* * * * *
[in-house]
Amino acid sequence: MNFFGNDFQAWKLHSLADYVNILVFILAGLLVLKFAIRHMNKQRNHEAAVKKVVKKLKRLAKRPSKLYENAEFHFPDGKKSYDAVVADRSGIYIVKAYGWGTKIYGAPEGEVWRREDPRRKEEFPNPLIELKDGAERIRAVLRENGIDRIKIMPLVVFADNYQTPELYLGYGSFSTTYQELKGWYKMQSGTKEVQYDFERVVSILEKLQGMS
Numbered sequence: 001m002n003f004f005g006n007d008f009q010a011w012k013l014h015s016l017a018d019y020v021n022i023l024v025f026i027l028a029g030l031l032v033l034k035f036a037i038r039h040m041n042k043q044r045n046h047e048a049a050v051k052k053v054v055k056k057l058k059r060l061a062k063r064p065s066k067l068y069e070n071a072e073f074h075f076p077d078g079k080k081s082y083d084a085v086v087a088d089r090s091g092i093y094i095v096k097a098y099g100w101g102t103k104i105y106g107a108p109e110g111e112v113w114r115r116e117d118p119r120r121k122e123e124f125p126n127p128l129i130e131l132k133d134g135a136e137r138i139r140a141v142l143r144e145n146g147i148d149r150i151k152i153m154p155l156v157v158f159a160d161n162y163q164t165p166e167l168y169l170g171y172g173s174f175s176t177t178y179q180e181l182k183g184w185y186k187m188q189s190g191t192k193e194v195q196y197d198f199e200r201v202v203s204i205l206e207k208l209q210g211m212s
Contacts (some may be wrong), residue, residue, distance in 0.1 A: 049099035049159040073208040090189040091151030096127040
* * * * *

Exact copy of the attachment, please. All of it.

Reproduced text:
[in-house]
Amino acid sequence: MNFFGNDFQAWKLHSLADYVNILVFILAGLLVLKFAIRHMNKQRNHEAAVKKVVKKLKRLAKRPSKLYENAEFHFPDGKKSYDAVVADRSGIYIVKAYGWGTKIYGAPEGEVWRREDPRRKEEFPNPLIELKDGAERIRAVLRENGIDRIKIMPLVVFADNYQTPELYLGYGSFSTTYQELKGWYKMQSGTKEVQYDFERVVSILEKLQGMS
Numbered sequence: 001m002n003f004f005g006n007d008f009q010a011w012k013l014h015s016l017a018d019y020v021n022i023l024v025f026i027l028a029g030l031l032v033l034k035f036a037i038r039h040m041n042k043q044r045n046h047e048a049a050v051k052k053v054v055k056k057l058k059r060l061a062k063r064p065s066k067l068y069e070n071a072e073f074h075f076p077d078g079k080k081s082y083d084a085v086v087a088d089r090s091g092i093y094i095v096k097a098y099g100w101g102t103k104i105y106g107a108p109e110g111e112v113w114r115r116e117d118p119r120r121k122e123e124f125p126n127p128l129i130e131l132k133d134g135a136e137r138i139r140a141v142l143r144e145n146g147i148d149r150i151k152i153m154p155l156v157v158f159a160d161n162y163q164t165p166e167l168y169l170g171y172g173s174f175s176t177t178y179q180e181l182k183g184w185y186k187m188q189s190g191t192k193e194v195q196y197d198f199e200r201v202v203s204i205l206e207k208l209q210g211m212s
Contacts (some may be wrong), residue, residue, distance in 0.1 A: 049099035049159040073208040090189040091151030096127040